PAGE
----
Harry Dunn family 'convinced' Anne Sacoolas will return after meeting home secretary at Northamptonshire home
Harry Dunn's family are sure Anne Sacoolas will return to the UK, their spokesman has said following a meeting with the home secretary at their Northamptonshire home.
Radd Seiger said the family felt assured the extradition process would not be influenced by politics after hosting Priti Patel and South Northamptonshire MP Andrea Leadsom yesterday (Sunday, December 22).
"Will she come back? We are 100 per cent convinced now that she will be extradited. There is no doubt in our minds," he said on Good Morning Britain today (Monday).
Mrs Sacoolas was charged with causing death by dangerous driving on Friday in relation to the fatal crash on the B4086 outside Croughton in August.
Extradition proceedings are underway as she remains in the US having flown back in the days after the crash claiming diplomatic immunity, sparking the family's campaign for her return.
Her lawyer said she would not come back voluntarily 'to face a potential jail sentence for what was a terrible but unintentional accident' while the US government described the charge as an unhelpful development.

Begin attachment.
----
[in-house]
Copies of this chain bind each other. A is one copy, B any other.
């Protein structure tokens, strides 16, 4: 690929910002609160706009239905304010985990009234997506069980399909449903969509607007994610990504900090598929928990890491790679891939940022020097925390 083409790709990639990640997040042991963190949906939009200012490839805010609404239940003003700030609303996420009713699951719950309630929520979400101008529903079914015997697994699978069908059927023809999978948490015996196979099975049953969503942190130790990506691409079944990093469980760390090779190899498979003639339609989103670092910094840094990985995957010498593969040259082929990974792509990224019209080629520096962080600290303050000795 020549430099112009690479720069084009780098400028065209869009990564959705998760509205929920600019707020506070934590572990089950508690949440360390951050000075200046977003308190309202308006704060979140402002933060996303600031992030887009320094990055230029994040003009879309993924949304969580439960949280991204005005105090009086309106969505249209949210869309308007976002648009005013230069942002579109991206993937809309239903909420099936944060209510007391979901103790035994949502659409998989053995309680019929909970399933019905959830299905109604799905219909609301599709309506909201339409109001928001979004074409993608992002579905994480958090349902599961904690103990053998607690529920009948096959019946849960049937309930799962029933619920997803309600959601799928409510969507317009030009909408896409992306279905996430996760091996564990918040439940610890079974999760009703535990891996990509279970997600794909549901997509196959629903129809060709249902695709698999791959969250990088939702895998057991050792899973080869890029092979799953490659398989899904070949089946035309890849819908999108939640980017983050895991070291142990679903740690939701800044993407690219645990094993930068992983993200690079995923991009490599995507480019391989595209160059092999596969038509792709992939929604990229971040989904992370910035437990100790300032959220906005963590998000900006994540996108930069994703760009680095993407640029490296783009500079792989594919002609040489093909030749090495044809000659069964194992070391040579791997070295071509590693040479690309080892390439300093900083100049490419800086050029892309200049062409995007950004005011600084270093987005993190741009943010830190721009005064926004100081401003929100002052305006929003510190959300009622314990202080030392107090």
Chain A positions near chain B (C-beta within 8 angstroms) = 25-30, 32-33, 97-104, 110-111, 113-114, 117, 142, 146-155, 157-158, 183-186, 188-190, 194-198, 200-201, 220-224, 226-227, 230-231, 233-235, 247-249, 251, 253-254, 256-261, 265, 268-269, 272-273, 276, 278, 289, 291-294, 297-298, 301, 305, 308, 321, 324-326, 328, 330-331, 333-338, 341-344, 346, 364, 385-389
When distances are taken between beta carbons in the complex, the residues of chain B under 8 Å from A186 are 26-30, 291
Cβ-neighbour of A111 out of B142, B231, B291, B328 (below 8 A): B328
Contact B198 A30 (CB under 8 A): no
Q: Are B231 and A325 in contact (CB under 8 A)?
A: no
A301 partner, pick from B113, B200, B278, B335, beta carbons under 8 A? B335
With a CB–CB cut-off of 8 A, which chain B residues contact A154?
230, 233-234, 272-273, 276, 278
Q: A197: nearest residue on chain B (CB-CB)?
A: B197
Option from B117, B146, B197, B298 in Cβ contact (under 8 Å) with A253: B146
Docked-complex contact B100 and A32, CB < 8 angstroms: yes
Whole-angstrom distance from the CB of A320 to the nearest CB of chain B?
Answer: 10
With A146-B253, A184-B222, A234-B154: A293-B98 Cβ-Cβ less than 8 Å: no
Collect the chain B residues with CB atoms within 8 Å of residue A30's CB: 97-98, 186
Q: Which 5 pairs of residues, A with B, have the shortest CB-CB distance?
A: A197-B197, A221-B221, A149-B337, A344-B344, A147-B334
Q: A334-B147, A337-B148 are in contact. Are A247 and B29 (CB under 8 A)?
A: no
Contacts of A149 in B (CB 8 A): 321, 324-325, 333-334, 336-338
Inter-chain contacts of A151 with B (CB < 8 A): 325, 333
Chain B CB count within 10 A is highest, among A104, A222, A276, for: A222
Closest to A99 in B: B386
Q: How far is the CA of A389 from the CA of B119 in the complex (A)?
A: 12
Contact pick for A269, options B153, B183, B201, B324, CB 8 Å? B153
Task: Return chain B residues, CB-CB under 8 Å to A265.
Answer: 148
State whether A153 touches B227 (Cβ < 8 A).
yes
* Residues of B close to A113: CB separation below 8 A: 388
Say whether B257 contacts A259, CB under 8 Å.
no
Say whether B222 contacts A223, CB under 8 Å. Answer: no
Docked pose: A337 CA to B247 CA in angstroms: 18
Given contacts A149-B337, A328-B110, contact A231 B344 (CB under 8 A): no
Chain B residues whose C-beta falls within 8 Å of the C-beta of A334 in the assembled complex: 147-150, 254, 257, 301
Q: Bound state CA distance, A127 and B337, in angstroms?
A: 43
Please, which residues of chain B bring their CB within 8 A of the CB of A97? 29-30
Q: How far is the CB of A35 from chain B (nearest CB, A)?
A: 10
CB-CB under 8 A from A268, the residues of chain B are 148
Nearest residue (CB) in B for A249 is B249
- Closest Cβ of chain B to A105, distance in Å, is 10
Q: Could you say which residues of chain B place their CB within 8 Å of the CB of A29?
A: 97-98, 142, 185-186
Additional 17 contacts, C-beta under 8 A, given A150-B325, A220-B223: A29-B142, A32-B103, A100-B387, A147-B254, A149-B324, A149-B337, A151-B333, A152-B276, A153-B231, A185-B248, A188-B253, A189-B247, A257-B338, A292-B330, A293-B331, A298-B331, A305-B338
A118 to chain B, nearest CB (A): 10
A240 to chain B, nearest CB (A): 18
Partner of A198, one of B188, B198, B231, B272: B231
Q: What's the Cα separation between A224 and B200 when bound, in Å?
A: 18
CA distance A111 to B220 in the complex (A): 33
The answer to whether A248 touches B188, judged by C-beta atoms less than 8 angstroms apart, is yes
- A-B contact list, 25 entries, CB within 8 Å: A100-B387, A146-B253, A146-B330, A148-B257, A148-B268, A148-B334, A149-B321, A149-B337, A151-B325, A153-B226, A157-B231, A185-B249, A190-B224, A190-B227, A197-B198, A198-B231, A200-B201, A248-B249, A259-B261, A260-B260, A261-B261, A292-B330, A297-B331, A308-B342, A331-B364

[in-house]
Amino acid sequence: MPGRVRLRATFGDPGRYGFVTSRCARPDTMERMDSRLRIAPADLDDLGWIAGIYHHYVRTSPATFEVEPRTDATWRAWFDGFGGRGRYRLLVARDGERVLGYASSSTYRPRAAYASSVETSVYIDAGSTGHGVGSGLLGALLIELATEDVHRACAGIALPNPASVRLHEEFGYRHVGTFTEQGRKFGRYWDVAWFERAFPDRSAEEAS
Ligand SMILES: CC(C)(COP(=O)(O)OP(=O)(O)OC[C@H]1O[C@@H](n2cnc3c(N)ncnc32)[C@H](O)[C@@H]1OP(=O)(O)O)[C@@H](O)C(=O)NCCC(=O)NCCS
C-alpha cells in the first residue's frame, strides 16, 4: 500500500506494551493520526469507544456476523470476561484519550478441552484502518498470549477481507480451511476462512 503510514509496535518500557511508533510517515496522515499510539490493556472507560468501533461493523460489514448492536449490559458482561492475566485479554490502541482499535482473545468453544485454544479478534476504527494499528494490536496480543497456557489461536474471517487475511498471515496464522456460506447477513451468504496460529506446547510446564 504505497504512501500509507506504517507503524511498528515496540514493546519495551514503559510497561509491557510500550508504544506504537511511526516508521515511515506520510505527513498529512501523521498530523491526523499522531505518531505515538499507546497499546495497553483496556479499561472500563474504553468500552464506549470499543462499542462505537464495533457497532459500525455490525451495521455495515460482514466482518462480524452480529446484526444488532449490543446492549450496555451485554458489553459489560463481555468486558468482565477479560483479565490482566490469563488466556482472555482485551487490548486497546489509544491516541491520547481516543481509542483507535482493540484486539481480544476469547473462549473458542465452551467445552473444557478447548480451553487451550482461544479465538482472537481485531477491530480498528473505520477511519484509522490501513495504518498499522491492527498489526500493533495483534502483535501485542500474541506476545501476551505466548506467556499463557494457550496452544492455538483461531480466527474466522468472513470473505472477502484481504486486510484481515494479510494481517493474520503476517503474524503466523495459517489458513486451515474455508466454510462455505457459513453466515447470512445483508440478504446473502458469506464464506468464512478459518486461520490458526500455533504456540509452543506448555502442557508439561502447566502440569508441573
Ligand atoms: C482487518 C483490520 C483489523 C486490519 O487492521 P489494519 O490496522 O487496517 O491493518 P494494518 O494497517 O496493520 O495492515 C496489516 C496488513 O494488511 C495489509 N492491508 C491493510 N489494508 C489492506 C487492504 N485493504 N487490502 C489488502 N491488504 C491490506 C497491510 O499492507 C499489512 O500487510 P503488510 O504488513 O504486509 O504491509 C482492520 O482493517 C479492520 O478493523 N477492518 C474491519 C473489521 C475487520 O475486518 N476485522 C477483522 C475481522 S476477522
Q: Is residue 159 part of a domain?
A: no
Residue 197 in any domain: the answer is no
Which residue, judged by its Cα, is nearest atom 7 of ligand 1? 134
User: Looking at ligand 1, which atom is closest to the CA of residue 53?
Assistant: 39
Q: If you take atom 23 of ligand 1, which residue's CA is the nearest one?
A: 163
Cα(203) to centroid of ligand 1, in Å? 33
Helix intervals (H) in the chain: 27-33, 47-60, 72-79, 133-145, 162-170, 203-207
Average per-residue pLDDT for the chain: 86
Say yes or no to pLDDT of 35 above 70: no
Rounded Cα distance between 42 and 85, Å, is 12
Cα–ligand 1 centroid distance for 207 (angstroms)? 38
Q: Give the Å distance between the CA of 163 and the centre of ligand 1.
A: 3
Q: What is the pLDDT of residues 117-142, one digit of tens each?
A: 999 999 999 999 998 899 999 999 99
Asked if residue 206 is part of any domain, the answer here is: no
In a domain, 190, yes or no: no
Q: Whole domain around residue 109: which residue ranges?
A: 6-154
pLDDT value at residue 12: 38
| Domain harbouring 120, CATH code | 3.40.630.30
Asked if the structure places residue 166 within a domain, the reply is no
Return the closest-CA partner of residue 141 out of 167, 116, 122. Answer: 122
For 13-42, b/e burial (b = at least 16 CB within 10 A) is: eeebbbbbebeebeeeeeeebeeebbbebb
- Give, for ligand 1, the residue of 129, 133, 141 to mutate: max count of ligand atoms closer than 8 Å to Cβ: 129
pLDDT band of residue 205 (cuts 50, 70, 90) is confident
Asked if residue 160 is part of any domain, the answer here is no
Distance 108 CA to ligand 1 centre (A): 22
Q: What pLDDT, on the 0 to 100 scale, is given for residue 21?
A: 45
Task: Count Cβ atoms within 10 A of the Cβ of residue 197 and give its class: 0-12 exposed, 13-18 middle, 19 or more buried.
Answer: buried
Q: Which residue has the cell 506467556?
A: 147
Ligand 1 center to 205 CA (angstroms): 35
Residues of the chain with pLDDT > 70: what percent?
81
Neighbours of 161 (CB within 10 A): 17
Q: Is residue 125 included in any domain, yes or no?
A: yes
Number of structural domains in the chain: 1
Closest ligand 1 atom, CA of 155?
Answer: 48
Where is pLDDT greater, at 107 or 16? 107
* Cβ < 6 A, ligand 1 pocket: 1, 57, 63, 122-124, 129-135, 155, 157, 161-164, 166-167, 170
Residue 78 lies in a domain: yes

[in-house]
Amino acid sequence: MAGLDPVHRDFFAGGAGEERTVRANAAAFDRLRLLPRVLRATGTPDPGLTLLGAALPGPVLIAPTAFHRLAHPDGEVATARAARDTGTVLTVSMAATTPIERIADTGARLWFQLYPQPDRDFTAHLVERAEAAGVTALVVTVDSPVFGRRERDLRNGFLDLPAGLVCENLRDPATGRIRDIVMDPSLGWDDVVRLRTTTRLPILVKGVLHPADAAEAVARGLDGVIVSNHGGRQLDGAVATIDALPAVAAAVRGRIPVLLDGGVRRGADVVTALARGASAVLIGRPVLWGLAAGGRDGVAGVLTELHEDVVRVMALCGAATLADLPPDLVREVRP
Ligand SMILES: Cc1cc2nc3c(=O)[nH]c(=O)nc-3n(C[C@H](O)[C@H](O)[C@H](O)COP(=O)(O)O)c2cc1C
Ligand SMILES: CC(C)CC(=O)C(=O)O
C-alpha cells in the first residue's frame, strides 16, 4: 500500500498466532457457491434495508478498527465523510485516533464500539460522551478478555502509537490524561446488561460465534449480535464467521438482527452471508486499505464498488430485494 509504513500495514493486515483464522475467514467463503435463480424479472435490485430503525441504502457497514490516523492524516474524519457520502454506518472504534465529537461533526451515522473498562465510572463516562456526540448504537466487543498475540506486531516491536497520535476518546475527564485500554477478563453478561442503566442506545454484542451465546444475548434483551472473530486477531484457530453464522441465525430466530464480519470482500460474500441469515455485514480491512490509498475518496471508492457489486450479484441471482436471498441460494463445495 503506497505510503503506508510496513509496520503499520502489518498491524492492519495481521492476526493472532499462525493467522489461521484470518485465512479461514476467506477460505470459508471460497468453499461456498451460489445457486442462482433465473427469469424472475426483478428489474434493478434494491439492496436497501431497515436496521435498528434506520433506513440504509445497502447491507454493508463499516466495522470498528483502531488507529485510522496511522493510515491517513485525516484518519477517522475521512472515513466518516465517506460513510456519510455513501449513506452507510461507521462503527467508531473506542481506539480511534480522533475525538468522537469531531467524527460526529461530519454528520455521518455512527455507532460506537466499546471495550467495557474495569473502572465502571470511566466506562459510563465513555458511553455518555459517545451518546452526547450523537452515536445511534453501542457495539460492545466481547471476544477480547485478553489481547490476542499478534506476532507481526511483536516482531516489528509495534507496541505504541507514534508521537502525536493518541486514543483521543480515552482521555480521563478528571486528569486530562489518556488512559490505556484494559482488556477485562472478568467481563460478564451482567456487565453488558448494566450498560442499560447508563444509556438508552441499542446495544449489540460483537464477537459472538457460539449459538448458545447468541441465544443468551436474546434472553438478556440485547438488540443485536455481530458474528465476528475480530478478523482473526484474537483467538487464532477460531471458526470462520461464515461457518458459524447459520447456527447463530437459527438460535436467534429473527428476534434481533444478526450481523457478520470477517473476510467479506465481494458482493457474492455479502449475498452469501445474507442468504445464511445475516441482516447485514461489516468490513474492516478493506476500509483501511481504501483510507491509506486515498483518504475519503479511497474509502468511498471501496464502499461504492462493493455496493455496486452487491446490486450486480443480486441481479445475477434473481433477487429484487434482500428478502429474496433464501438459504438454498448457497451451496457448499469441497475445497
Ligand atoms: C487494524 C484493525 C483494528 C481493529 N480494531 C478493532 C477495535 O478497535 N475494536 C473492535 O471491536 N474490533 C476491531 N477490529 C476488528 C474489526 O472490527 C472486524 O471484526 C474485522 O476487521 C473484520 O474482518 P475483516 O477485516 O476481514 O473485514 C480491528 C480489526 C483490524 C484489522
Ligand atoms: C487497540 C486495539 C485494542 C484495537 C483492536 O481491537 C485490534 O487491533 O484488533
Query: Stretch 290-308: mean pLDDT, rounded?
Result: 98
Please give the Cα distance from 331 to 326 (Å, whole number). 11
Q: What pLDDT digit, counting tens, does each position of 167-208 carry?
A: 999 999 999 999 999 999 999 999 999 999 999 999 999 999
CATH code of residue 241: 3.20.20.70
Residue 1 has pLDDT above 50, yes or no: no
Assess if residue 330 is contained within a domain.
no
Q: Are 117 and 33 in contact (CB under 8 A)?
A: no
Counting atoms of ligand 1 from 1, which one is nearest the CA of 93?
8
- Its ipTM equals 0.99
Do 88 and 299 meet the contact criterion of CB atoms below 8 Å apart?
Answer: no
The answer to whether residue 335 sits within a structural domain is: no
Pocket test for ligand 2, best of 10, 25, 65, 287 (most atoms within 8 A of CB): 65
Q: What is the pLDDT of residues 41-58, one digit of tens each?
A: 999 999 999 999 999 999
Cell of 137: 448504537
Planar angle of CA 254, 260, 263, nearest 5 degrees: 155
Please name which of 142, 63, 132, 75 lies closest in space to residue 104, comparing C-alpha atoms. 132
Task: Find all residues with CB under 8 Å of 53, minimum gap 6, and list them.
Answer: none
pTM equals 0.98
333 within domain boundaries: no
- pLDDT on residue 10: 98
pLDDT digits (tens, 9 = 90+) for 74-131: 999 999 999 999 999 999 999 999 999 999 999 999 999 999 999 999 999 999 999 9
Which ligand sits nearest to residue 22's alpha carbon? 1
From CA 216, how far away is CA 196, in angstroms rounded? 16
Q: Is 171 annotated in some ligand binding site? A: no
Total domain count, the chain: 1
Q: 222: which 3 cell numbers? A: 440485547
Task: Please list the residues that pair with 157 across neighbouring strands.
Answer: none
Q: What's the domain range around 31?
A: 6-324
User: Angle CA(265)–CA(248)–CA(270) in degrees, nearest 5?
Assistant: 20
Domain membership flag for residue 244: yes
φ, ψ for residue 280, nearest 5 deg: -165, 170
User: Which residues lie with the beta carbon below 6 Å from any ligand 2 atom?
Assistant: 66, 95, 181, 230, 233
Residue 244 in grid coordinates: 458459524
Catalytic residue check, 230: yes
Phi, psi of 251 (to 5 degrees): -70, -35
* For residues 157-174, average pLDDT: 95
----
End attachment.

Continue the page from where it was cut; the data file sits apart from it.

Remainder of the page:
But Mr Seiger believes the process 'would not be derailed' as the US has never turned down a British extradition request.
"We cannot envisage a situation where they will turn that down," he said.
"The United States has never, in the 100 years of the treaty, turned down an extradition request from the UK - I don't for a single second think they will set a precedent with this case."
Ms Patel met Harry's father, step-father and others including Mr Seiger to explain the extradition process to them - Harry's mother Charlotte Charles did not attend.
"It was a nice opportunity to hear from them, obviously about what they have been experiencing, what they have been going through, and to reassure them at what has been a very difficult and traumatic time for them," she said.
She stopped short of saying whether it would be successful or not, but Mrs Leadsom assured them the British government is 'on their side'.
Prime Minister Boris Johnson has said he will continue to put pressure on US President Donald Trump and his administration to ensure Mrs Sacoolas comes back.
The extradition request has been sent via the British Embassy to the US State Department.
A lawyer will decide whether it falls under the dual-criminality treaty, where the alleged offence is a crime in both countries, and carries a prison sentence of between one and 14 years.